• level up early – get all of your team up to One Star as soon as possible. The boost applies even if they’re not the Leader, and a chain of half a dozen One Star heroes is considerably more effective than ten Zero Star heroes. But resist the temptation to buy those One Star levels.
  • spend Gems on power-ups first – you can spend Gems to buy Stars for your heroes, or on permanently increasing the effectiveness of power-ups. Spend it on the power-ups first; it’s tempting to spend it on your heroes but you’ll get far more from the improved power-ups in the short and long term.
  • “why are you hitting yourself?” – the longer your chain grows, the more likely you are to accidentally double back on yourself when it gets hectic – unlike traditional Snake games, this won’t result in Instadeath, but it will wipe out every hero you bump into in the process, so be careful out there!
  • enter the Arena – the online Arena competition costs a Token per game to enter, but once you’ve upgraded your team and picked up some skills it’s a good way to earn a few Tokens every couple of days, awarded for placing inside the top few hundred in your guild if your guild places well themselves. Try #TOUCHARCADE to join players from the popular iOS gaming forum.
  • follow the bullets – enemies are often off-screen, but your ranged heroes will fire at them if they come within their range. If you can’t find the next enemy and there’s only a few left (check the bar at the top of the screen which fills as you eliminate enemies), carefully lead your conga-line into the middle of the arena and pay attention to where your team are firing.

Okay, that’s yer lot for now – if you’ve got more tips that deserve to be on the list, drop them in the comments below!

Featured iOS & Mac reviews

Launch Center Pro: my review after a week

Last week I installed AppCubby’s Launch Center Pro for iPhone (App Store link) after it got some good write-ups in the tech press. It’s described as ‘speed dial’ for your apps, giving you an alternative way of organising and launching your most-used apps more conveniently.

It’s not just a launcher, though. The headline attractions are ‘action hooks’ in certain apps that give you a shortcut to a function of the app. For example, you can set one-tap shortcuts for launching directly into a new Omnifocus note, a new Instagram snap or a new Tweetbot tweet.

Some apps offer more hooks than others. Evernote, for example, offers none other than launching the app itself, whereas Tweetbot offers a shortcut to pretty much every screen in the app. This is done by use of valid URLs within the app code so support has to be built in by app developers, not AppCubby. More on that later.

First impressions

It’s such a tantalising notion, to completely change how you use your iPhone. At first I found that although it’s easy to design your own LCP setup for quick launching, unless you have use for the actions available you may not see much point in it.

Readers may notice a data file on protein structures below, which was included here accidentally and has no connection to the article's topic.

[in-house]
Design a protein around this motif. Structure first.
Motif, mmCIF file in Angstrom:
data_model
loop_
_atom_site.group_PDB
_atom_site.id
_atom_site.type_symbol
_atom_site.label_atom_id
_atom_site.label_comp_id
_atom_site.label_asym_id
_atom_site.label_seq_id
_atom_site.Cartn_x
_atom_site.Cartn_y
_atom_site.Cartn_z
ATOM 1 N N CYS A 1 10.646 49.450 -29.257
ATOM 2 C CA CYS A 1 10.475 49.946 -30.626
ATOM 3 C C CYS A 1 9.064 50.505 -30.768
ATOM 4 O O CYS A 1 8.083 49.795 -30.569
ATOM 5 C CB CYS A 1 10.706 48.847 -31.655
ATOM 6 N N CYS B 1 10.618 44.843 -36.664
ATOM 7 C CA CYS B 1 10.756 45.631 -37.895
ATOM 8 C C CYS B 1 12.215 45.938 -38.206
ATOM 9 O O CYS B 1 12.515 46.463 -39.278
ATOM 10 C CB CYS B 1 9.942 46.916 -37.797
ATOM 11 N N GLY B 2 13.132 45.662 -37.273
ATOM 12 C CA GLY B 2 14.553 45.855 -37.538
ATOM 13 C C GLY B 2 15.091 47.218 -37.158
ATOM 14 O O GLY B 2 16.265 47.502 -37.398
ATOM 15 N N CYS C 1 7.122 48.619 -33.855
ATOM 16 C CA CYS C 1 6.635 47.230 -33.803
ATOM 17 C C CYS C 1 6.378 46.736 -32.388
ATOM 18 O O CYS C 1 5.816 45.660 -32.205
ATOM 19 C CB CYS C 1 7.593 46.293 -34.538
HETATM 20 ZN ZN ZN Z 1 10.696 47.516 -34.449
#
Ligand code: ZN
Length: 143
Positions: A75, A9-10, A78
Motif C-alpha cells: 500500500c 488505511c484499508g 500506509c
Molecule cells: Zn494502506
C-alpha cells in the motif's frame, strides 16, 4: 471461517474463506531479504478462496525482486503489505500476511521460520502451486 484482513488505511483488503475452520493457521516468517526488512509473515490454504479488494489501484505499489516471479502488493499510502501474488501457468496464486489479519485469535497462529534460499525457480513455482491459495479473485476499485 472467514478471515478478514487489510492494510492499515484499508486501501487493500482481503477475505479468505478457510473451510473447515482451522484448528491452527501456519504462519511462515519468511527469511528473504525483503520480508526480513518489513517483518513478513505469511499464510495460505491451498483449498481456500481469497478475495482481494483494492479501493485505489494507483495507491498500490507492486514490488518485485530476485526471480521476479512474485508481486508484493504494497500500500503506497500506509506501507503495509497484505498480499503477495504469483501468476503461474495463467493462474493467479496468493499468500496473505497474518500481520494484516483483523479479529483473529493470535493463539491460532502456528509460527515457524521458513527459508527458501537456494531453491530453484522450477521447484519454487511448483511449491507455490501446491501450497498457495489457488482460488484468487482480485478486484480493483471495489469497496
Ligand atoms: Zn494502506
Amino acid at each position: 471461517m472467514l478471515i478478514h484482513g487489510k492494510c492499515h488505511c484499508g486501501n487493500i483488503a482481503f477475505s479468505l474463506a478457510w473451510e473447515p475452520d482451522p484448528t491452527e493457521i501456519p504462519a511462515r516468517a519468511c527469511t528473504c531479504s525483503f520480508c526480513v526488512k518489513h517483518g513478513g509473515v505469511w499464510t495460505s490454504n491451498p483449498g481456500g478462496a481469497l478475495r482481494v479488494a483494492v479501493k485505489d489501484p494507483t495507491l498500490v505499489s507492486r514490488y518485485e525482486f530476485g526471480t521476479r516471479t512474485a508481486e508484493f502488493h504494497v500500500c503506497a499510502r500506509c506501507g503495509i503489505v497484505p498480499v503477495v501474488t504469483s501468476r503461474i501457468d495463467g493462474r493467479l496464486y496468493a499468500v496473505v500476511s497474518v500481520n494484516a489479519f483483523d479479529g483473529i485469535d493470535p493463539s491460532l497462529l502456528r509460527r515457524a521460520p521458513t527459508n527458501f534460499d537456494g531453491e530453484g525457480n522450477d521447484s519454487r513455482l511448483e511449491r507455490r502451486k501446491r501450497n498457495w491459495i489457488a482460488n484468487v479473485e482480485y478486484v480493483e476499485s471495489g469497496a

To make an example of Evernote, if the app is already on your homescreen (or your dock) and you put it on the top level of LCP, you’ll actually tap more times to get the same result.

(With the app on your Homescreen you tap Evernote to launch, then tap ‘New Note’; in Launch Center Pro you tap to launch LCP, tap Evernote to launch, tap ‘New Note’.)

On the other hand, if you regularly use a core collection of productivity apps like Things, Omnifocus, Tweetbot, Drafts, Simplenote, that sort of thing, and throughout the day you’re constantly jumping in and out of them, making notes or sharing links or whatever, clever setup of LCP could streamline a significant amount of that use and save you enough time and taps to really feel the benefit.

I’m not quite a power user but I am a sucker for experimenting with new and more efficient ways to play with my phone so I’ve spent the last week using LCP and tweaking my setup. Here’s a look at how I’ve been using it and what I’ve noticed.


The UI is attractive and well thought out with plenty of room for customisation, which is where Launch Center Pro comes into it’s own. The tap-swipe-release method for accessing the second layer (where you keep groups of Actions) is particularly nice, making it feel like you’re only tapping once. Get fast at that and it begins to feel more like you’re performing gestures to launch apps rather than searching them out and stabbing at them.

I’ve tweaked my layout so many times, moving apps around until they find their intuitive home under my thumb. This could very well have changed by tomorrow (and in fact it changed between writing this and capturing the screenshots) but today my layout looks like this:

As you can see, in the folders I’ve tried to place actions so that they won’t be obscured by my thumb – I tend to hold the phone in my right hand most often as I keep it in my right jeans pocket.

Switching into edit mode brings up a neat blueprint background while you rearrange the furniture, and you can go into the icons for every action or folder and create new ones to suit your taste or the way your brain works.

For my ‘Wife HQ’ screen I gave phone buttons a metallic look and messaging icons a pinstripe, and stuck to the colours that iOS uses for those functions; when placing apps I try to keep it intuitive, for example by putting Hipstamatic in the same space in a folder as Instagram occupies on the home screen.